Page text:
are marginally used, and the user population has not gained the right benefit
of library collections. The question then is either the resource that the
libraries hold is not the right choice or the marketing of the required level
and type is not being performed.
d) Pathfinders &
user guides: These namesakes don't solve the user needs. The user is expected
to navigate all through and find out his way. Librarians, mostly compile,
these indicative sources, for their own survival, than for the benefit of the
e) Terminology: When
we use the terms, (normally, while communicating to the user), call number,
index, catalog, abstracting and indexing journals, periodicals or journals, or
magazines, review journals, check-in or check-out, CDs, micro-film reader
printer, stacks, checkpoint, issue counter, see and see also references,
cross-references, etc. we presume that the user understands the jargon. Do we
have any idea of what all these mysterious things are meant to be -- even
experienced users have difficulties, as these terms and their meanings vary
from library to library.
We may quote "For the
majority of materials collected by libraries, Library of Congress or Sears
Subject Headings are relatively successful in fulfilling the functions
expected of them, perhaps not as efficiently or easily as desired but they do
work" (Clark: 1989: 56). Note that these sources are neither "efficient" nor
"easy", and yet these are only tools of the trade, and hence we have to use
Further, the same
author states: "In a majority of the instances when subject headings were used
for Black literature, they were not coextensive with the subject treated in
the work. Instead, general subject headings were invariably assigned to more
specific concepts" (Clark: 1989: 56).
Is this the main
purpose of the catalog, to be useless, un-friendly, and chasing away users?
Will our catalogs and catalog codes and practices remain static and never be
flexible for the user!
supports the issue: "While it is relatively easy to measure the volume of
catalog use within a library, it is far more difficult to measure the
effectiveness of catalog use (i.e., to determine whether the user is able to
find entries for items or subjects he is seeking, and how long it takes to
locate relevant entries). Micro-evaluation of a catalog requires
differentiation between successes and failures, identification of specific
instances of failure, and determination of precise causes of failure. This is
not an easy task, and it is certainly not readily susceptible to unobtrusive
observation" (Lancaster: 1977: 20). He has listed in the same work a list of
nonstandard book characteristics for catalog search, like date, type of work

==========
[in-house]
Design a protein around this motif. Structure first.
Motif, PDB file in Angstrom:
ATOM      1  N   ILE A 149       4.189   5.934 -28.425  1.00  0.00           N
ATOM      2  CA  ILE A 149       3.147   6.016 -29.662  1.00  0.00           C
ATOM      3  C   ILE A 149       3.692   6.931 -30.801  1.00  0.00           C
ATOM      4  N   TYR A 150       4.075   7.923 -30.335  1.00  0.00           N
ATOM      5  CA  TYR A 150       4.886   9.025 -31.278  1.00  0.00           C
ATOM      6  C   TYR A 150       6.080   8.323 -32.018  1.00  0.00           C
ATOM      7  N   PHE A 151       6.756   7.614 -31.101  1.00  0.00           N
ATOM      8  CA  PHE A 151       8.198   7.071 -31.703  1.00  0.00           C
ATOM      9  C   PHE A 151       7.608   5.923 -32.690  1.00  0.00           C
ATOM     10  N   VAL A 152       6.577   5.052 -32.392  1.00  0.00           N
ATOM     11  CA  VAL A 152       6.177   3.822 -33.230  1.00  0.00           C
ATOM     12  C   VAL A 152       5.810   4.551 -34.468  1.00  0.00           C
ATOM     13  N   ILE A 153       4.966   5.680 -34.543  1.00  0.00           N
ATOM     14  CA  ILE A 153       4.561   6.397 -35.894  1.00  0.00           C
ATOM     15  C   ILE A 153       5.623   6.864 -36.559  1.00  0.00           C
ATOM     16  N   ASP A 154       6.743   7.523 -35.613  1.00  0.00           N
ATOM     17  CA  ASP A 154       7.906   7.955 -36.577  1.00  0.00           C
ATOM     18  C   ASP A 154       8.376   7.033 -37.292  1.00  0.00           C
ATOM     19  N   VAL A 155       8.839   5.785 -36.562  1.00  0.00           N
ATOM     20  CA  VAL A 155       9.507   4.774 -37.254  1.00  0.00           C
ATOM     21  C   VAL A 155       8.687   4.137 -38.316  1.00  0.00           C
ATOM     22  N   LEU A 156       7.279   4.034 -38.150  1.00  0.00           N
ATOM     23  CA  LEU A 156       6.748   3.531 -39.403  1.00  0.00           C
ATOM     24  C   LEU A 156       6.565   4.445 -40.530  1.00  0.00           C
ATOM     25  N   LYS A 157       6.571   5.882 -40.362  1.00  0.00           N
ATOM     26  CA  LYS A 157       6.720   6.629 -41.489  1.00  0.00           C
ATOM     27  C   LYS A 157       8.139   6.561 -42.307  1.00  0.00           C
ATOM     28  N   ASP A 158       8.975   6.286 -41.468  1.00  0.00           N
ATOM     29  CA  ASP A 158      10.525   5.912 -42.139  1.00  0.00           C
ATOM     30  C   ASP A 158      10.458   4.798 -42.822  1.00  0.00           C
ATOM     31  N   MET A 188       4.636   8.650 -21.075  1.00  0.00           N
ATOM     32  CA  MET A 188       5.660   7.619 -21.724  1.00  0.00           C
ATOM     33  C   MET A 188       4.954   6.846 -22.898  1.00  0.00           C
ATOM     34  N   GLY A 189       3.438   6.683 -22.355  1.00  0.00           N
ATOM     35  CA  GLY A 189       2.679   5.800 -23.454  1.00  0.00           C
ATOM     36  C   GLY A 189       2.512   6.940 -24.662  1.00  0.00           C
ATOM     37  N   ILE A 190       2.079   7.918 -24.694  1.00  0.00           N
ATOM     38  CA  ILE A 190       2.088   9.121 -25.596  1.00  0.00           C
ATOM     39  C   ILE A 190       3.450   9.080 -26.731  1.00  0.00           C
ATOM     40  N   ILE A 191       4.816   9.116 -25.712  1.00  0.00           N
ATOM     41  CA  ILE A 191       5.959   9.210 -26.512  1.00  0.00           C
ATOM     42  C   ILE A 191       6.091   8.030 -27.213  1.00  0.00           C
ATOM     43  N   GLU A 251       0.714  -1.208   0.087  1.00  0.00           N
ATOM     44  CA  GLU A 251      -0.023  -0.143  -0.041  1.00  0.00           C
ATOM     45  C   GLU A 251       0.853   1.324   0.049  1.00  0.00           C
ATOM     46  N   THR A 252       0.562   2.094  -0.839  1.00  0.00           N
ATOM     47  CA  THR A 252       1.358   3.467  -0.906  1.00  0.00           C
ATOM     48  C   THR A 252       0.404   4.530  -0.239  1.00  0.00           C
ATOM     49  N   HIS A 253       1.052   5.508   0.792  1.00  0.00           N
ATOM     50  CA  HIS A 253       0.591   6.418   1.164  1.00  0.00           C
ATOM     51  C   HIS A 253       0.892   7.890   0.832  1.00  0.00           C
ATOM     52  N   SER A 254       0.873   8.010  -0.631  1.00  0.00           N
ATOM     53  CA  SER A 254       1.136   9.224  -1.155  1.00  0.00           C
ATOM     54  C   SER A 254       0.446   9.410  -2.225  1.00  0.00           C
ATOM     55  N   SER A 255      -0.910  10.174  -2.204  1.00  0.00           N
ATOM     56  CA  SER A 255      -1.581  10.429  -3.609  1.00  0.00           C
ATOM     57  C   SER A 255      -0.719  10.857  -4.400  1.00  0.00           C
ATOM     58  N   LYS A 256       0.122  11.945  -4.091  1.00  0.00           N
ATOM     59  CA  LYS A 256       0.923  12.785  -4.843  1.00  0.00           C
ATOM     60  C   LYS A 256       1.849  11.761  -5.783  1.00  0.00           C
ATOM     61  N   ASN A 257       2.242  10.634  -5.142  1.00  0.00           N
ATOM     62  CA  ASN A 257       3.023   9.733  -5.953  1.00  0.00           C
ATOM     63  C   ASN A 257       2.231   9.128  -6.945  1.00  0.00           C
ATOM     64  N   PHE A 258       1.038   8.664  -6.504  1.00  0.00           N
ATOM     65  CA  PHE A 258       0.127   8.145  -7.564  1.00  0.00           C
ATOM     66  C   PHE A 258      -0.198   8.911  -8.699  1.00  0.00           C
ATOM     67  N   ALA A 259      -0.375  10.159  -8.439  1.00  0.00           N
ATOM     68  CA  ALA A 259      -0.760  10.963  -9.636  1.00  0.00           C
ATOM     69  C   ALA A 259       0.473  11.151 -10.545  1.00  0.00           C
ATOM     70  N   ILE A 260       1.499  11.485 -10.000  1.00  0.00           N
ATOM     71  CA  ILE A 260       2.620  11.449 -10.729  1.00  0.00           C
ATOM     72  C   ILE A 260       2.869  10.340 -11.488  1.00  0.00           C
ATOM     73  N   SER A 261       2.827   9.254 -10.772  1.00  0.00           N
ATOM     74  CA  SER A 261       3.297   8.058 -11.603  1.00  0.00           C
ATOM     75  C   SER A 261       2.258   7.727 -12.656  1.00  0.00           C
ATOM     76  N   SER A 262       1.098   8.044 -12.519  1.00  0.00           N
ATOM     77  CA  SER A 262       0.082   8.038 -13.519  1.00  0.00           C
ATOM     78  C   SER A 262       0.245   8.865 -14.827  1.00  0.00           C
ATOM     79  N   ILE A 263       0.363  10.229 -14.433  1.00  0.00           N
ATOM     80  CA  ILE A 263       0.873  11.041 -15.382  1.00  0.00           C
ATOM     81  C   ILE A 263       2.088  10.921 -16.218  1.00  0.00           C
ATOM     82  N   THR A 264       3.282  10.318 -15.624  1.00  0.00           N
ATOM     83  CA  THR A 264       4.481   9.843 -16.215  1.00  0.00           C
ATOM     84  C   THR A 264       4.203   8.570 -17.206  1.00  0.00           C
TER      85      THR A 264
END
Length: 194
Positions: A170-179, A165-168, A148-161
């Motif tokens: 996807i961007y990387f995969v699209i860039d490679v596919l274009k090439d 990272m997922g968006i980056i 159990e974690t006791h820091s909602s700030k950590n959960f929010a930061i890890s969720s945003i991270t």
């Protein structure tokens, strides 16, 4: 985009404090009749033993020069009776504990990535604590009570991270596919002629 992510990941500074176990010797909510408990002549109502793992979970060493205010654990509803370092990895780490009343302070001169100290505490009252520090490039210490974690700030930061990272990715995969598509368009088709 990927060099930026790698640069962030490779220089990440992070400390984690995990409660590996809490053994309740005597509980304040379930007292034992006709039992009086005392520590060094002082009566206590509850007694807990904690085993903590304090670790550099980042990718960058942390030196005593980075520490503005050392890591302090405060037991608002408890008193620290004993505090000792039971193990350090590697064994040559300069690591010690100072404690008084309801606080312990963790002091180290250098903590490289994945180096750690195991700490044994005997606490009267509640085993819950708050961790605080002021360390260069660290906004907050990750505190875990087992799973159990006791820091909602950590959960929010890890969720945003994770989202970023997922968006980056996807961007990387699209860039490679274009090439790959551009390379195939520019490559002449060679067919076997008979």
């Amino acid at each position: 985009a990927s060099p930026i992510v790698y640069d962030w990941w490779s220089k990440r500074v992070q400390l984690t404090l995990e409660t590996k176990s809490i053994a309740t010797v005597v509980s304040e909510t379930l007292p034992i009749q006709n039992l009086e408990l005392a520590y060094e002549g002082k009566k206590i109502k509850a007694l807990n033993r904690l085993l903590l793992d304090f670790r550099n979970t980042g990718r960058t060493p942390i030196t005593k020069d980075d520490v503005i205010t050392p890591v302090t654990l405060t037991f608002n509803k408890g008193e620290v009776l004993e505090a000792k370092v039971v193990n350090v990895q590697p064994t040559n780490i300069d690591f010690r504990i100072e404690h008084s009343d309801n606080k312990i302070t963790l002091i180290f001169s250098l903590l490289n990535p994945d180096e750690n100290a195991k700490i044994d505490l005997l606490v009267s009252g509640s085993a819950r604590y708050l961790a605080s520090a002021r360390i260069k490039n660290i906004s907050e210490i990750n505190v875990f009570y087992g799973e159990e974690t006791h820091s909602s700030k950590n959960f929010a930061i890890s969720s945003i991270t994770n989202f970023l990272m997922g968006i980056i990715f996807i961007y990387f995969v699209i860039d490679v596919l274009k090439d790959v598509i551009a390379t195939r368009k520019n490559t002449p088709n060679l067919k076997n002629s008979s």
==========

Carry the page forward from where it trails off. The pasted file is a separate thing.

(handbook or textbook), number of pages, binding, color, level of treatment,
Lancaster also says,
"of course, the use of several "nonstandard" elements in catalog searching
presupposes that the searcher is looking for an item he has previously seen or
used or which has been vaguely described to him by someone else (color, size,
for example), rather an item he has discovered in a bibliography or reading
list" (p. 46). This is then to say that mere author or title information are
not satisfactory for satisfying majority search needs. The process is more
often compound and indirect.
We may quote yet
another source "...the complexity of knowledge is such that a perfect scheme
of classification that would meet the demands of all situations is difficult
to be achieved and will remain elusive" (Isaac: 1990: 45). This is adding salt
to the injury, even our schemes of classification are not user
f) Physical setup:
Let's see how much of the library is usable and useful for the different kinds
of users --elderly, children, handicapped, etc.. While planning a library how
much we care for the user's needs and user behavior, including physiological,
social, cultural, aptitudes, safety, etc. Do we have equal opportunities for
different types of users. Our catalog does not allow a person on wheel chair
to reach it. The building is not planned for a wheel chair to move in
freely of a handicapped - yet the presumption is that all users have equal
access-priveleges. The furniture, equipment, design and space planning are not
according to the needs of different users. Even among the fit and fine users,
we cater only to the literates, and nothing is available for the masses and
classes of the non-literate category. The chairs, reading tables, stacks, none
confirm the standards. Poor aesthetics, dark stacks, and unlit reading areas,
isolated library locations, cause inconvenience to
g) Service: What we
call service to users, is in fact truly lip service, rather than real service.
We issue books, file books, and at the most provide some sort of 'reference
service'. This is the end all and be all. Our training and practice don't make
us good service oriented professionals. We don't have nay idea of marketing,
selling the library as an idea in the market place. We at the most, try some
listing and relax, as we are tired after all the 'serious' service that we
We have a debate on
the issue, whether user education is a part of reference service, whether this
is to be performed by a reference librarian, by performing reference service
does one satisfy the need for user education, why should we educate the user,